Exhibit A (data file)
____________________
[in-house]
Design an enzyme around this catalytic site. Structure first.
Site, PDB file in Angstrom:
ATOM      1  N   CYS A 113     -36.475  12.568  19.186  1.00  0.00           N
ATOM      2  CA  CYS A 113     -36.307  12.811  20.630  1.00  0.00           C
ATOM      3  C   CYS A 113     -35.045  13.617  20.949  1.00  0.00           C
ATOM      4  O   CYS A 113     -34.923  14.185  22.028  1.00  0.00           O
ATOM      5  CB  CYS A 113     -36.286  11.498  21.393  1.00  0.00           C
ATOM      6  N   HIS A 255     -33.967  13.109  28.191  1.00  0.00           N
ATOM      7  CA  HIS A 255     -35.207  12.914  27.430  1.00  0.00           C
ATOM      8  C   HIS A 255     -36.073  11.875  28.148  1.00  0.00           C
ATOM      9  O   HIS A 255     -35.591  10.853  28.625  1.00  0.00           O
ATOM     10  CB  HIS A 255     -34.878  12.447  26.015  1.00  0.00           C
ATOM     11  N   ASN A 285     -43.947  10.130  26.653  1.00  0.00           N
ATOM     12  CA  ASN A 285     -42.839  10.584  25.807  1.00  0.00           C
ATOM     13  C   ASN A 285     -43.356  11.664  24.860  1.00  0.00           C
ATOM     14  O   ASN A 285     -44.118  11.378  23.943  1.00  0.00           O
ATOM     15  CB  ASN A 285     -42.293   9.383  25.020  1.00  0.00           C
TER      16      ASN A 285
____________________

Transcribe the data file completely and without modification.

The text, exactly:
[in-house]
Design an enzyme around this catalytic site. Structure first.
Site, PDB file in Angstrom:
ATOM      1  N   CYS A 113     -36.475  12.568  19.186  1.00  0.00           N
ATOM      2  CA  CYS A 113     -36.307  12.811  20.630  1.00  0.00           C
ATOM      3  C   CYS A 113     -35.045  13.617  20.949  1.00  0.00           C
ATOM      4  O   CYS A 113     -34.923  14.185  22.028  1.00  0.00           O
ATOM      5  CB  CYS A 113     -36.286  11.498  21.393  1.00  0.00           C
ATOM      6  N   HIS A 255     -33.967  13.109  28.191  1.00  0.00           N
ATOM      7  CA  HIS A 255     -35.207  12.914  27.430  1.00  0.00           C
ATOM      8  C   HIS A 255     -36.073  11.875  28.148  1.00  0.00           C
ATOM      9  O   HIS A 255     -35.591  10.853  28.625  1.00  0.00           O
ATOM     10  CB  HIS A 255     -34.878  12.447  26.015  1.00  0.00           C
ATOM     11  N   ASN A 285     -43.947  10.130  26.653  1.00  0.00           N
ATOM     12  CA  ASN A 285     -42.839  10.584  25.807  1.00  0.00           C
ATOM     13  C   ASN A 285     -43.356  11.664  24.860  1.00  0.00           C
ATOM     14  O   ASN A 285     -44.118  11.378  23.943  1.00  0.00           O
ATOM     15  CB  ASN A 285     -42.293   9.383  25.020  1.00  0.00           C
TER      16      ASN A 285